Whatever option you pick, whatever path you take, understand that you will need to market your own book. You’ll need to have your own blog and be acquainted with all the basic social media sites.

Writing your first book is a big step! If you have decided on hiring a ghostwriter, make sure that you’ve explored your options and you have selected the right path for you. If you need help sorting through your choices, feel free to email me. I’m here to help!

Additional articles you might find helpful:

How Much Does It Cost To Hire A Ghostwriter?

Do you want to write a book about your life?

Do you need help writing a book?

Working with a Ghostwriter – What steps should you take?

How To Write A Book Proposal


Write Your Book Now!


As a ghostwriter, I see many people procrastinate about writing their books. There are many “good” reasons why their book projects get shoved to the back of the closet.

What’s the result?

The books never get written.

If you have a strong idea for a book, it’s important to write your book NOW. Don’t wait. I can’t emphasize this enough.

If you don’t start now, several things will probably happen:


  • Same time next year, you’ll still be thinking about writing a book. It’s true! Over the last ten years, I’ve had numerous prospective clients contact me for help with their book projects. These particular people all had very good ideas (I’ll always be honest if someone’s idea isn’t workable) and I like to keep in touch with them, so I contact them regularly. The reply is usually the same, “Things haven’t changed. I’m still too busy to write the book.” And when I call the following year, the answer is the same.
  • Someone else will write a book very similar to yours. People sometimes are very afraid that someone will steal their book idea. That doesn’t happen often. However, other people can come up with a similar idea on their own. If your niche is highly specialized and requires a lot of research, you’re probably safe. However, if you’re writing about a general field or your life story isn’t unique, chances are someone else will write the book you wanted to write.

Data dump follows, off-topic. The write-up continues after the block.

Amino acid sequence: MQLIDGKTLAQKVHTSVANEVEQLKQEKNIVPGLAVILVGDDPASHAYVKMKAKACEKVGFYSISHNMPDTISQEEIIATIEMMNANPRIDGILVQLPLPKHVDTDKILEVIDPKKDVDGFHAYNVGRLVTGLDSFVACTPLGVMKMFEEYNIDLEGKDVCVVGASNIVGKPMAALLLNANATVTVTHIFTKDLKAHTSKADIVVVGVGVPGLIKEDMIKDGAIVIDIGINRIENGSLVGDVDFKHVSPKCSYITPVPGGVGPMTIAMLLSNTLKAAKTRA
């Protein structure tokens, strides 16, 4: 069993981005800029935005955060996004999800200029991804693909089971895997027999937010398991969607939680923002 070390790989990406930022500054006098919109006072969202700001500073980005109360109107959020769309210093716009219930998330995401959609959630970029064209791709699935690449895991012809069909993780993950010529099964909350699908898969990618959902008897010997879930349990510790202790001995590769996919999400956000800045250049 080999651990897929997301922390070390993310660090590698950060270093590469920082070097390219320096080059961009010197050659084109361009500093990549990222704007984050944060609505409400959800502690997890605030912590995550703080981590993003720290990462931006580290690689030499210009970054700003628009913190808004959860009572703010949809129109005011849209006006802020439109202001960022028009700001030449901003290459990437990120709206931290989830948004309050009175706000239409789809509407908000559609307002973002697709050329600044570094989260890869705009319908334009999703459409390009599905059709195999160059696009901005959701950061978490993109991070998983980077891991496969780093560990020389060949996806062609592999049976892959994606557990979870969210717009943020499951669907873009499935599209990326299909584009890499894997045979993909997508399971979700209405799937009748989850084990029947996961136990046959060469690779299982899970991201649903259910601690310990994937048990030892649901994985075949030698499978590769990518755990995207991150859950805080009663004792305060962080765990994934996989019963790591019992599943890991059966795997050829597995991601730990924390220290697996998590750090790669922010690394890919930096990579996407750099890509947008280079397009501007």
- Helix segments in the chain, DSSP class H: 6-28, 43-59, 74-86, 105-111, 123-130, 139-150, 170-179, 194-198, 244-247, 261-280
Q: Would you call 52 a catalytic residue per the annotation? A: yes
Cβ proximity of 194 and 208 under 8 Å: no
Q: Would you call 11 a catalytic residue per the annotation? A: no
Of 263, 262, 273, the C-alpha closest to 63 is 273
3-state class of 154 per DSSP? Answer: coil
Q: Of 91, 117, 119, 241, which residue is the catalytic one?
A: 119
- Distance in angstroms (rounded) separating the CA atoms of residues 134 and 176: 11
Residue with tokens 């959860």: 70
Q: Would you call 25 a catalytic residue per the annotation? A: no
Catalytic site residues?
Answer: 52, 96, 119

• You will continue to think about your unfulfilled goal. If you are anything like me, failure doesn’t sit well. You will continue to spend time thinking and considering your book project, wondering what your book would have looked like on the shelves of your local bookstore. You may even come up with brilliant marketing strategies to sell it. It’s all wasted time and energy if you don’t actually write your book!
  • You will develop a very bad habit of not writing. Once you develop the habit of not writing, it can become increasingly difficult to start writing again. If you stop and start a lot, that pattern also becomes familiar. It’s almost comfortable, something you learn to expect and accept. So then, in order to actually complete your book, you must overcome the additional hurdle of the bad habit that you’ve formed. I’ll admit one needs a lot of discipline to write a full-length book. Honestly, some people hire me because I’m a relentless bulldog when it comes to completing projects! Just ask my clients.

You can avoid all of this by simply working steadily on your book. If you can’t afford a ghostwriter, you will need to set aside time each and every day to write. Don’t allow yourself the luxury of excuses as to why you don’t have time, energy, or enough pencils. The dog ate your manuscript shouldn’t fly either.

Oh, you’ll come up with all sorts of legitimate sounding reasons for why you can’t write one day or the next. They sound good and reasonable, but you can’t let that deter you. The trick is to treat yourself like you would a client. Give yourself targets and deadlines and then meet them!

And finally, writing should be a joy. If it isn’t, something is wrong. If it is a chore, then don’t continue, because the manuscript won’t come out well. Your readers will feel your resentment pouring from the pages. If you are bugged, contact me and I’ll try to help you get back on track. Most likely your concept just needs a little tweaking. Once that is fixed, you’ll be eager to write again.